Our most popular lizard pets remain bearded dragons, but we are commonly asked what should I feed my dragon or faced with questions from owners who are having difficulty getting their dragons to eat a wider variety of foods. Here we will aim to discuss what types of food bearded dragons can eat, what they should be eating, how much and how often.
One of the most under-appreciated aspect of bearded dragon feeding is the importance of feeding a wide variety of different foods. It seems obvious when you reflect on it, but just like when we feed ourselves, we aim to consume a wide variety healthy foods and snacks as part of a complete and nutritionally balanced diet, we need to do the same for our pet bearded dragons. Bearded Dragons are truly omnivorous (eating animal and plant matter) and its not hard to imagine them eating anything and everything that opportunity affords them in the wild.
Greens and Salad
From the moment they are born, our bearded dragons at Internet Reptile are offered a bowl of finely chopped ‘salad’ as their first meal of the day and any good breeder or pet shop should be doing the same. If your dragon has come from a place where this has not been offered it may be hard work getting them interested but even more reason to follow our guide to making appealing, tasty, healthy salad that dragons will find irresistible. Fed shortly after the lights go on and before offering feeder insects will help your dragons steer away from the temptation to just eat insects.
When preparing your dragons ‘greens’, forget human favourites like iceberg, cucumber, tomato or carrot, these are not ideal for a variety of reasons. Instead think dark leafy spring greens, butternut squash, darker lettuces, rocket, watercress. Chop these finely and mix them with clean wild dandelion leaves if you can find them and dried flower and herb mixes such as arcadia dragonfuel or flowermix. Twice a week we also mix in tasty gel type foods such as insectigold or onmigold to create a delicious and nutritious blend of flavours and textures your dragon will love.
Your bearded dragons wild cousins are likely to eat just about any insects or creepy crawlies they come across, we should take great care therefore not to falling into the trap of pilling in unlimited amounts of just one type of insect and thinking that will do. Even if our dragons are content with this, it often results in unhealthy, obese dragons that become disinterested in the variety of foods they need.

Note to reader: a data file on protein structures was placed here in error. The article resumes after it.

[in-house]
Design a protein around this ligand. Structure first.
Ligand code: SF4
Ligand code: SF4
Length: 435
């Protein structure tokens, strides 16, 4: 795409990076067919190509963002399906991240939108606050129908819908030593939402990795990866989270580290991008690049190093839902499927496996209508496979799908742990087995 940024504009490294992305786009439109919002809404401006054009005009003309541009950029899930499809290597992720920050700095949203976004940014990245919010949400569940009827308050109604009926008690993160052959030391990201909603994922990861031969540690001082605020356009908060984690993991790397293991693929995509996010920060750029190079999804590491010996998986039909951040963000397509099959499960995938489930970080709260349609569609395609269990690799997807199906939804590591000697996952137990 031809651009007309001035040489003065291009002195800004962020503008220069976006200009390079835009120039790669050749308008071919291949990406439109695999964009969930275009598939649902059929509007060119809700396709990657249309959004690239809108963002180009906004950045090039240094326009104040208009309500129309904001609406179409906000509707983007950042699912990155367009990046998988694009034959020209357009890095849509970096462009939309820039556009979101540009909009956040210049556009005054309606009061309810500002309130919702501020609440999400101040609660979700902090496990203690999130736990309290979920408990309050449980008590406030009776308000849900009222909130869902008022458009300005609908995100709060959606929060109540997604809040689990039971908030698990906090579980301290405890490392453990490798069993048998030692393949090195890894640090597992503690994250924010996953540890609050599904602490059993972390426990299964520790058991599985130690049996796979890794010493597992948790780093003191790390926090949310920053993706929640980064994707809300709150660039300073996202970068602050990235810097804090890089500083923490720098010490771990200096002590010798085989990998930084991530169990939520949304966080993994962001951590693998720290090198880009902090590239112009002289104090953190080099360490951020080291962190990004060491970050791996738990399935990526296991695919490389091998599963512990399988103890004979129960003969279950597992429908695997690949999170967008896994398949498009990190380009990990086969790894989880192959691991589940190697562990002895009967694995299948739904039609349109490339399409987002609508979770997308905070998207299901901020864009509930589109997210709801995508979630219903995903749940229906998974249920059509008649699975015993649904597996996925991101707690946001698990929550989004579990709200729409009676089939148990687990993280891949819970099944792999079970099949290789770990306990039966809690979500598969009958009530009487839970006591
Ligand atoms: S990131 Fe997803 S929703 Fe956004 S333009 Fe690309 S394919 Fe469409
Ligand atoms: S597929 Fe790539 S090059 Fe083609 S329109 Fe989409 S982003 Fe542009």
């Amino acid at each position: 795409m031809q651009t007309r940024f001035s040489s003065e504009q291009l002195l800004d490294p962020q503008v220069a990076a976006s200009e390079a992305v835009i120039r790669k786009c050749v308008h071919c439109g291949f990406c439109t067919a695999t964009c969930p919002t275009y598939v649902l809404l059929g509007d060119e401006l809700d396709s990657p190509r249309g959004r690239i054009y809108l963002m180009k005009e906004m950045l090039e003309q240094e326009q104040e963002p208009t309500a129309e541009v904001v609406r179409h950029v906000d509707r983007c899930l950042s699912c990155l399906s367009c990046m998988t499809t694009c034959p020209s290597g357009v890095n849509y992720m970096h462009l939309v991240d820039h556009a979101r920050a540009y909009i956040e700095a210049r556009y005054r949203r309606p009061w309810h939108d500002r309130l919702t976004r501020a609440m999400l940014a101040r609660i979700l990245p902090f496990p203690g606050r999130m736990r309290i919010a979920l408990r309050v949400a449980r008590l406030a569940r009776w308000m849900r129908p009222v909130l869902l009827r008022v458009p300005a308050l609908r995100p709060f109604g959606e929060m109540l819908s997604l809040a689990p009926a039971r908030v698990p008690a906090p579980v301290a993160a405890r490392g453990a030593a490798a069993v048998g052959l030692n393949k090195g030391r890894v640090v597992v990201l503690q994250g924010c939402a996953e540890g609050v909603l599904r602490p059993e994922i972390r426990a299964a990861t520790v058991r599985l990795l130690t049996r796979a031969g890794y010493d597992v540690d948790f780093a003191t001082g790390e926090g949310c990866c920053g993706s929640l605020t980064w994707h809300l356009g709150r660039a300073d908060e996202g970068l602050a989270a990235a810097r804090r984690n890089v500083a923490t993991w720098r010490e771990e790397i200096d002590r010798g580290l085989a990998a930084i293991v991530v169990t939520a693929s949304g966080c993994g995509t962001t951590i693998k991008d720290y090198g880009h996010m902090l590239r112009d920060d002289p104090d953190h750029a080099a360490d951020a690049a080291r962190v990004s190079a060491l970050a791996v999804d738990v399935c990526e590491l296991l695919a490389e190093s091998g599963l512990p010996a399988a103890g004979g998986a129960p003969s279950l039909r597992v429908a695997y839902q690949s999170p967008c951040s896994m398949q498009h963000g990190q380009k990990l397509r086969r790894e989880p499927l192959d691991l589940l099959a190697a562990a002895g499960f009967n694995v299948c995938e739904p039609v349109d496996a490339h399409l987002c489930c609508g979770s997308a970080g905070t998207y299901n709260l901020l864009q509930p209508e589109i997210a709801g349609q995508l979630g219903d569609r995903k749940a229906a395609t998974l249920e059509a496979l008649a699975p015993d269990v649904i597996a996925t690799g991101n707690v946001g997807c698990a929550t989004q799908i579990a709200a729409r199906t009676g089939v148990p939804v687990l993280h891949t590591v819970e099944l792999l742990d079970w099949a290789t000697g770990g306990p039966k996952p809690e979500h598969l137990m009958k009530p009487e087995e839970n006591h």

There is some limitation as to how many livefood insects are available, but fantastic staple food items include locusts, brown or black crickets, morio worms *, calci worms and roaches. On top of this, as a treat, you can feed waxworms, buffalo worms, pachnoda grubs* and more specialist foods like silkworms should supply allow.
The important thing to remember with livefoods for bearded dragons is to make sure that all of these are well cared for before feeding, gut load them well and gently dust according to your supplementation schedule.
Juveniles (of the age deemed suitable to go to their new homes) are best fed insects 2-3 times a day, this can be reduced to once a day once the dragons are over 6 months and then down to every 2-3 days once they are fully grown adults. In terms of how much, allow them to eat what they are interested in for 5 to 10 mins rather than leaving in food at all times which can bother them and escape the enclosure… there is no harm in more regular feedings of smaller amounts and you may find that works better for you if feeding a wider variety of foods.
Our first preference is always to use ‘other foods’ as part of our salad mix. As we outlined above we use dry herb and flower mixes daily as well as gel based dragon foods twice a week.
There are other foods you can buy too which vary in their usefulness.
In our experience, pellet type diets are not as well received or beneficial as a well prepared natural diet, BUT if you can’t provide your dragon with the variety of foods we recommend for any reason they can easily be used to add variety with little effort so should not be dismussed out of hand.
Canned or cooked insects often go down well and these are just as beneficial as live feeders, check out the probugs range and you can pop these into your salad or even just feed as occasional treats at other times.